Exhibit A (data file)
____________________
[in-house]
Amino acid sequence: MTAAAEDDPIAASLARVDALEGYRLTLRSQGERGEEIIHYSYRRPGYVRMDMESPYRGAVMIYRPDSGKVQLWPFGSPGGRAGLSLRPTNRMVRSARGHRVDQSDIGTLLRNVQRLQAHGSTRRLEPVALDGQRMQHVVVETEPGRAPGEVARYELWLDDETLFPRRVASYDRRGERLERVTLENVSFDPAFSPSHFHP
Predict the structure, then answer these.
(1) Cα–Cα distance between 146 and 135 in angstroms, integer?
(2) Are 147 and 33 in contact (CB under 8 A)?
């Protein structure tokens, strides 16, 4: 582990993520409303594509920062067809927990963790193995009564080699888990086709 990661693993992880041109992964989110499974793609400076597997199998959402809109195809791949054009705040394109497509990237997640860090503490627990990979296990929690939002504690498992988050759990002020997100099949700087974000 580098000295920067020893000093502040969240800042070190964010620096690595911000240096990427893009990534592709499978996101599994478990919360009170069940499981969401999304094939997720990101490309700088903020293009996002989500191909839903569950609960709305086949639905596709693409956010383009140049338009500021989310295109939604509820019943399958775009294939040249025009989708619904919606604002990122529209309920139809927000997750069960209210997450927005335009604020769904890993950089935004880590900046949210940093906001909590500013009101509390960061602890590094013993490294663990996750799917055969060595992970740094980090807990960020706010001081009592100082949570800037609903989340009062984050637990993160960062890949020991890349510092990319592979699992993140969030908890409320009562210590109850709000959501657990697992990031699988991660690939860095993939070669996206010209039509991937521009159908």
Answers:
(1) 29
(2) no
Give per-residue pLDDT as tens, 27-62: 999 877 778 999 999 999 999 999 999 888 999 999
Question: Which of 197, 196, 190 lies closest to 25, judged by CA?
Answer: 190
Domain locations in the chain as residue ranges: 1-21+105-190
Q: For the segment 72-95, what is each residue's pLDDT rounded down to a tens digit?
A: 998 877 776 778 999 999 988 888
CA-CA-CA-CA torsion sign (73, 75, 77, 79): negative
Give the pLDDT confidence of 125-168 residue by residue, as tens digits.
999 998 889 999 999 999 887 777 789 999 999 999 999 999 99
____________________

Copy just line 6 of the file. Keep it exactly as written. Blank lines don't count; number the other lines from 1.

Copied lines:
């Protein structure tokens, strides 16, 4: 582990993520409303594509920062067809927990963790193995009564080699888990086709 990661693993992880041109992964989110499974793609400076597997199998959402809109195809791949054009705040394109497509990237997640860090503490627990990979296990929690939002504690498992988050759990002020997100099949700087974000 580098000295920067020893000093502040969240800042070190964010620096690595911000240096990427893009990534592709499978996101599994478990919360009170069940499981969401999304094939997720990101490309700088903020293009996002989500191909839903569950609960709305086949639905596709693409956010383009140049338009500021989310295109939604509820019943399958775009294939040249025009989708619904919606604002990122529209309920139809927000997750069960209210997450927005335009604020769904890993950089935004880590900046949210940093906001909590500013009101509390960061602890590094013993490294663990996750799917055969060595992970740094980090807990960020706010001081009592100082949570800037609903989340009062984050637990993160960062890949020991890349510092990319592979699992993140969030908890409320009562210590109850709000959501657990697992990031699988991660690939860095993939070669996206010209039509991937521009159908």